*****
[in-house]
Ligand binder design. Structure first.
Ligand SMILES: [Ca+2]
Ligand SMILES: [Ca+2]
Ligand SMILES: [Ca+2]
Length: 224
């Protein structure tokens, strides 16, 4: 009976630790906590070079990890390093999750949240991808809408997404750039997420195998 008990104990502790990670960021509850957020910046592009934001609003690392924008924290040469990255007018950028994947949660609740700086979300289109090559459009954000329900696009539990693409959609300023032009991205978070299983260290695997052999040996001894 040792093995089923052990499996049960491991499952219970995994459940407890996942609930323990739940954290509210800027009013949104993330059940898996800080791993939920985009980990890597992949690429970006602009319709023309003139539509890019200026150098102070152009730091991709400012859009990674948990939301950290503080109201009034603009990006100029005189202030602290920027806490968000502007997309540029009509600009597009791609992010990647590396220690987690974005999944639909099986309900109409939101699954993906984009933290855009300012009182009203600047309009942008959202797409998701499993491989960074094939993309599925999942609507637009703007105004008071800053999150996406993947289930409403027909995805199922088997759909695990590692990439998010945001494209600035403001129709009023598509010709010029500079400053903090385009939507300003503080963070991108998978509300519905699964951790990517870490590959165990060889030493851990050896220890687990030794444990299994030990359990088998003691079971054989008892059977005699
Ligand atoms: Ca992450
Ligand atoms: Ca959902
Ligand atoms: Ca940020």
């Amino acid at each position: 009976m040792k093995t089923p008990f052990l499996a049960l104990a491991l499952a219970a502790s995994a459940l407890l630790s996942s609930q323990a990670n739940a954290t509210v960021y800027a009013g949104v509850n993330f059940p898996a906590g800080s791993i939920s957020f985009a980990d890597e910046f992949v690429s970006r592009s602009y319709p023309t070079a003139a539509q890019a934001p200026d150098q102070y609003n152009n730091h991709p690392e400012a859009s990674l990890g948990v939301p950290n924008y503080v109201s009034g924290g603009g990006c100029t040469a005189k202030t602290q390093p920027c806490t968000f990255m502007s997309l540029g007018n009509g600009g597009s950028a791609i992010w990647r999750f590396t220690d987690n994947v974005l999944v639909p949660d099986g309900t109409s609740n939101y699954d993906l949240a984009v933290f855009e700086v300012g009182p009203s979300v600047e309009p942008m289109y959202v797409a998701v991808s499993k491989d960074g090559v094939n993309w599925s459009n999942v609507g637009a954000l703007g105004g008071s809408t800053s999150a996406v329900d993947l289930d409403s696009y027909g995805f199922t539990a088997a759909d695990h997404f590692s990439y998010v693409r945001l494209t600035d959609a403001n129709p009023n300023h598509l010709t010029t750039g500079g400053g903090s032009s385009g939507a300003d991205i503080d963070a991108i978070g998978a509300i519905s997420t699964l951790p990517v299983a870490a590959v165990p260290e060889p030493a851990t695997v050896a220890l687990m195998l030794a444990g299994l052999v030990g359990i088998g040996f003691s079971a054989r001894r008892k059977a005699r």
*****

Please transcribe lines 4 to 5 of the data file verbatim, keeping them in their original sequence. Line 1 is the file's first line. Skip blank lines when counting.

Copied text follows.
Ligand SMILES: [Ca+2]
Ligand SMILES: [Ca+2]